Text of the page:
How's that for a segue?
Neurological and Physical Development
Between two and three years of age, a child's brain is two to three times its birth size. Sensorimotor integration--the coordination of sensory information and motor response--is rapid and refined. The child is drawn to activitys of maximum physical effort and will try to carry or pull the heaviest object available.
Proprioception (awareness of the whereabouts of her movable parts) and kinesthesia (awareness of the direction, speed, and force of her movements) are highly developed and the two-year-old is eager to explore them. She loves to tumble, spin and dance. She practices balancing and hopping on one foot. With all this awareness and control comes control of the muscles of elimination, and thus readiness for toilet training. What also comes is a sense of empowerment. More on that in a minute.
Awareness of directions of movement makes pushing, pulling and twisting motions very interesting to the TYO, and you will find her using her wrists to open and close jars, turn water faucets on and off (ad nauseam), and open and close doors (ad infinitum!).
Here we notice a rapid refinement of verbal skills, a continued and deepening interest in the naming of everything, and much more sophisticated sentence structure, and all at once, too. We call this sudden burst of linguistic complexity the "explosion into language". It occurs when the passive vocabulary and communicative experience converge in the child's intellect, so that language just falls into place. Of course, the prior experience with lots of passive language is key--to talk, talk, talk to that preverbal child!
At this stage, the child begins to refine her ability to place objects in categories. She can differentiate categories and subdivisions of a category. For instance, she might recognize dogs, cats, and flowers as three different categories, but also be able to divide the same set of objects into two categories, animals and plants. At our house this refinement is evident in the trusty Audubon birds (can I go on enough about those?). Until recently, they were all just "bird, bird, bird". Now, suddenly they're "cardinal, tufted titmouse, and pileated woodpecker". Go figure.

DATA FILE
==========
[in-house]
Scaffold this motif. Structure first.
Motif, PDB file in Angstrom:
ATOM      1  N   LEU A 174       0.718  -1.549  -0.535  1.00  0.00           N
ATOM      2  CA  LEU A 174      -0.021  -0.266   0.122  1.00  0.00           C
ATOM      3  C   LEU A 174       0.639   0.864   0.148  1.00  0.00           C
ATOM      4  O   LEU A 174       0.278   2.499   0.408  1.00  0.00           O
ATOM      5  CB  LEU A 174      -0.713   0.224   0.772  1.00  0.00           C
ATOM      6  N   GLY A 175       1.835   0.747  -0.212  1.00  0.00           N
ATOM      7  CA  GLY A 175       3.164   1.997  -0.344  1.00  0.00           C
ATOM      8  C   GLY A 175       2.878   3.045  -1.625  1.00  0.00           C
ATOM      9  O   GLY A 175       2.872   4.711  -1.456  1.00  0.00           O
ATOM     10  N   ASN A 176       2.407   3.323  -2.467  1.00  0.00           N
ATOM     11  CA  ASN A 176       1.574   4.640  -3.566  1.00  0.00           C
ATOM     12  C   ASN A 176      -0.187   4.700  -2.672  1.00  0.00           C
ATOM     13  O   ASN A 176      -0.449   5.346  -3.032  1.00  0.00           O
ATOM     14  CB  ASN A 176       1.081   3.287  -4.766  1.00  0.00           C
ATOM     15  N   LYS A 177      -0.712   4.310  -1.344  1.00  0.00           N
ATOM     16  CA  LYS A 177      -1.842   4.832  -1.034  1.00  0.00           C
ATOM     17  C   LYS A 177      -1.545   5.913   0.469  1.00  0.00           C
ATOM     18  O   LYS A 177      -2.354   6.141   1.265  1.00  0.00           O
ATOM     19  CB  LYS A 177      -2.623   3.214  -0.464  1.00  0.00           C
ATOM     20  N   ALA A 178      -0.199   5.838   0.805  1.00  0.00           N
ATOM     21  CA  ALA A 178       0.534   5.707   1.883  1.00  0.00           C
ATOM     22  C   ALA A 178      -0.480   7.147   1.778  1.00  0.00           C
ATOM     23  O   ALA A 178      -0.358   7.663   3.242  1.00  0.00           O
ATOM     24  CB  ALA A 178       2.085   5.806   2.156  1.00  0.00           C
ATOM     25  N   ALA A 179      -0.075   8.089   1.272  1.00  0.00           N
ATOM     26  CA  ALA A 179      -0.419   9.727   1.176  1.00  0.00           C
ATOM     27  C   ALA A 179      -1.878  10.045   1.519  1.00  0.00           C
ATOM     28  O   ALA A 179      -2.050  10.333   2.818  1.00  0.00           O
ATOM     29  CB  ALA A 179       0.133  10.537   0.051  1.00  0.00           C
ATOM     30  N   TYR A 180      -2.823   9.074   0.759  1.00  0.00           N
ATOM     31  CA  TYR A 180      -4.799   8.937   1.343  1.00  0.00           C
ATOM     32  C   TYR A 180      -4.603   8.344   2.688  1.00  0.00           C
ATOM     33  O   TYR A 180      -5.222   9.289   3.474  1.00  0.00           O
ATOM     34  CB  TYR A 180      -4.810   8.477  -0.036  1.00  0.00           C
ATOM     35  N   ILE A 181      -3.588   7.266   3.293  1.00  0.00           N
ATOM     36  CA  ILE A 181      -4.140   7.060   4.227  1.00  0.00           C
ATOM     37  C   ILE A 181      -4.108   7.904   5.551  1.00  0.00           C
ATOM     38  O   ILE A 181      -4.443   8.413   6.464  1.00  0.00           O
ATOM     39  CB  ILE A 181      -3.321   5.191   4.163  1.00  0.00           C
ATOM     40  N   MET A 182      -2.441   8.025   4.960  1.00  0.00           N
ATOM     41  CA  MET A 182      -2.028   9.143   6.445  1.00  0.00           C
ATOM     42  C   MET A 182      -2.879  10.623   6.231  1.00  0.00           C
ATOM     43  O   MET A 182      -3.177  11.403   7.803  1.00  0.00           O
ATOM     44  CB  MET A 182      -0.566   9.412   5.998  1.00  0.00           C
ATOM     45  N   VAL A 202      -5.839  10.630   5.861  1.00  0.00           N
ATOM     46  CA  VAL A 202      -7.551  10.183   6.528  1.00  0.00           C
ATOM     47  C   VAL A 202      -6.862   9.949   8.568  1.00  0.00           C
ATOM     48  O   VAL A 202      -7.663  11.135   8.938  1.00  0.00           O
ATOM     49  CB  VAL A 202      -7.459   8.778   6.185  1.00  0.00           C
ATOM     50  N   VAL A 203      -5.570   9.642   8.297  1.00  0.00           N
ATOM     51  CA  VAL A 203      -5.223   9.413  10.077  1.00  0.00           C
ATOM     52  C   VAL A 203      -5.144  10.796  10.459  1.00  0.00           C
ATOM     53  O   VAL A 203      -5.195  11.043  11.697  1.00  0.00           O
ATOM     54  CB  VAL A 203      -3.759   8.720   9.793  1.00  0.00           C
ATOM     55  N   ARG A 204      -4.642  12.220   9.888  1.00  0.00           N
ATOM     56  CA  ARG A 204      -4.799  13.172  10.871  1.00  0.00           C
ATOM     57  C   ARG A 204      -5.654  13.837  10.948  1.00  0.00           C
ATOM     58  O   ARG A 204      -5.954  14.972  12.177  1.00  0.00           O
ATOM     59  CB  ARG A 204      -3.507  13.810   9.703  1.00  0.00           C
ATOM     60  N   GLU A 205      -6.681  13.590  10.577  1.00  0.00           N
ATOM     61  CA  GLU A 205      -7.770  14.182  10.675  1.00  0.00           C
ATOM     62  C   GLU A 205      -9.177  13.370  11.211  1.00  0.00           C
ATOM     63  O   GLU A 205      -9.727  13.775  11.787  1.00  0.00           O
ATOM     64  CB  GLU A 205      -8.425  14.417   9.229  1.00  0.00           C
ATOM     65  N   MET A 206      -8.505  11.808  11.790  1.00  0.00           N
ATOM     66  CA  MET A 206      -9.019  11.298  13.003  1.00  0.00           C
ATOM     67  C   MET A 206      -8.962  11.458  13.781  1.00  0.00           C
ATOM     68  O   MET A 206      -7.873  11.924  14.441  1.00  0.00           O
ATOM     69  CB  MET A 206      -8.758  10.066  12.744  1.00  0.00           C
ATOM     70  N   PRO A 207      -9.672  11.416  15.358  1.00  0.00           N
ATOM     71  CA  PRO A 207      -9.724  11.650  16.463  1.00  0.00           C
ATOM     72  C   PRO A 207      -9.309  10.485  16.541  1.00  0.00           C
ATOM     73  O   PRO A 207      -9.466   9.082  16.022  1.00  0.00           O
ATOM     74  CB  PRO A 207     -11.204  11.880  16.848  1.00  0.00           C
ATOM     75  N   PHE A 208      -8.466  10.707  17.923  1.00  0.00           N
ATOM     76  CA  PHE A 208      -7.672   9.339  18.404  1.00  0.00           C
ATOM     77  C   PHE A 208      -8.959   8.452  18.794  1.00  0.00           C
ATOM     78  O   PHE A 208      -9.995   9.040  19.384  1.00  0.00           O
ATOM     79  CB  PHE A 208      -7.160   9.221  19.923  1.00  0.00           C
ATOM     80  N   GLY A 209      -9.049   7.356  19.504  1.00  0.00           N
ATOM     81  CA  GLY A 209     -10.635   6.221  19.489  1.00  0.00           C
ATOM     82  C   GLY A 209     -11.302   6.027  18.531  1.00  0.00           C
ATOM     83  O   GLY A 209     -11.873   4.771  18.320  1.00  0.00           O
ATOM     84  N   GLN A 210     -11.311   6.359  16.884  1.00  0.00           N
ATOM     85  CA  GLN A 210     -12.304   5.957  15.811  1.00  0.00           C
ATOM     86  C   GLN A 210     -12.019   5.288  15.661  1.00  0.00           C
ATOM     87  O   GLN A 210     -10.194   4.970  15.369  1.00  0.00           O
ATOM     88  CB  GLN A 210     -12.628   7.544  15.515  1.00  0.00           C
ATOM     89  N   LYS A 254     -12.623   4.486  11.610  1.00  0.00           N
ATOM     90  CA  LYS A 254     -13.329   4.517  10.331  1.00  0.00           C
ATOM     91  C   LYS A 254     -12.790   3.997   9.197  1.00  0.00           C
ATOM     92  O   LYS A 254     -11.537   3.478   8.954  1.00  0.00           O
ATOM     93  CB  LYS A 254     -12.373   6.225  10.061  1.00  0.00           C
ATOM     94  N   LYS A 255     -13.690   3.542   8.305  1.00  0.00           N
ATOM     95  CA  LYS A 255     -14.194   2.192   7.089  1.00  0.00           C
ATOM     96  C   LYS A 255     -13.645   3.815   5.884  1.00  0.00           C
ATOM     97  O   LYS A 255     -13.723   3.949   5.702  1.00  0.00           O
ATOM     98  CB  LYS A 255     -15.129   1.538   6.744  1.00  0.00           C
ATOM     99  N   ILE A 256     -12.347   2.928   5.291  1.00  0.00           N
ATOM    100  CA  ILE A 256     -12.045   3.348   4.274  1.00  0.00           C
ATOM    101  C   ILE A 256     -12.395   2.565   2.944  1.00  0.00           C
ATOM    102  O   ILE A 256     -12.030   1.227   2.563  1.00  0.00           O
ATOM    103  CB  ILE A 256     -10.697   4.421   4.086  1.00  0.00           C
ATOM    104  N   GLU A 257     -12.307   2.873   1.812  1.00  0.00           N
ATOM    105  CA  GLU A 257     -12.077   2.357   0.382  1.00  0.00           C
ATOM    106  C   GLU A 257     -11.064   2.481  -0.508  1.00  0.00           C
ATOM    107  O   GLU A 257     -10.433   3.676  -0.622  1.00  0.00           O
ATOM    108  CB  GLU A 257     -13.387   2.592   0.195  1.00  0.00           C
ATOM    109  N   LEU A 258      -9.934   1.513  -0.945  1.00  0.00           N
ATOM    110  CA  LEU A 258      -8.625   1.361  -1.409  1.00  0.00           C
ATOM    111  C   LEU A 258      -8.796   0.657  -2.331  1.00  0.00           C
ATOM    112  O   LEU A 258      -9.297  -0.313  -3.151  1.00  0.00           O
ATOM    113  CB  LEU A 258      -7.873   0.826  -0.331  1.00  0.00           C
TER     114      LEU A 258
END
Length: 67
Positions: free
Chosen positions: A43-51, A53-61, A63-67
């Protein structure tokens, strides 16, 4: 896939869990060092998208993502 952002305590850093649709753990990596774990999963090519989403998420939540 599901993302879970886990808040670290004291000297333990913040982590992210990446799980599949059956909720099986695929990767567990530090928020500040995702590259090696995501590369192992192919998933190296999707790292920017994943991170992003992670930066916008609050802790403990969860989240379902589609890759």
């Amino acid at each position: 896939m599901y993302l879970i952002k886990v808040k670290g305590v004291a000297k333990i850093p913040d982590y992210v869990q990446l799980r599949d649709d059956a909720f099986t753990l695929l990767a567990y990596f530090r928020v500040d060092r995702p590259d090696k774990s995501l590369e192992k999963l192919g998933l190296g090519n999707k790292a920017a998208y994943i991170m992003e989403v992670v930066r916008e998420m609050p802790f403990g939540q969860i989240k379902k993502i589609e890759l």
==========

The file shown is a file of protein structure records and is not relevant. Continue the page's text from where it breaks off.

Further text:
One-to-one correspondence is well established now, and table setting is a great activity to support this understanding. If your table's too high, as ours is, you might do what we do and lay out a tea party for Mommy, Nuvy, Peter Cottontail, and the Squid.
She can understand increasingly complex verbal instructions, like "Please bring a little diaper for Van and a big one for yourself, too." She also understands that she has the power to refuse. She weighs consequences and begins to learn to negotiate her position (and she thinks it's funny when I get annoyed with her. Just the response I was looking for--and HEY! No snarky comments from past and present cohabitors in the peanut gallery. I am well aware that my anger really is funny, jackass.)
Emotional and Social Development
A two-to-three year old shows a keen interest in family affairs. She imitates parents' activities, enjoys chores and wants to help. She is able to content herself with playing alone, but will usually choose to play where she has an audience.
With other children, parallel play gives way to interactive play as verbal communication improves, and children are increasingly capable of cooperating in play.
Emotionally, she begins to recognize "shades" of emotion. she knows happy and happier, sad and sadder, angry and angrier, and is able to modulate a response that feels appropriate to her perception. It does not, of course, follow that her modulated response feels appropriate to my perception! Her verbal skills provider her with a range of expressions to match her more subtle emotions and desires. She will make fantastic experimental use of these expressive and emotive nuances.
The Supportive Environment
An appropriate environment contains numerous practical lifeactivites. PRactice in dressing is provided through dress-up costumes with everyday closures, and putting on and taking off shoes independently. Child-size versions of household implements are delightful for children at this age, because they allow imitation of adult activities while circumventing the frustration the child may encounter when trying to use a too-big tool.
Table setting, water pouring, and hand/furniture washing are delightful activities, and you might find your child enjoying them whether or not you put them out. (Ever had her pour her milk over her dinner? You know, just for fun?) Early language materials may be incorporated, including picture cares and, later, three part cards.
Sensorial materials can be more sophisticated, incorporating shades between sensory extremes, and more subtle differences in sorting and matching. Silverware sorting is a great at-home sensorial activity for two-to three year olds.
From here, we move into the realm of the Primary classroom, to which children are usually admitted at two-and-a-half or (more usually, but less appropriately in my opinion) three years of age. This means that I'm shopping for Montessori schools in the Philadelphia area. Any local reviews are appreciated. :-)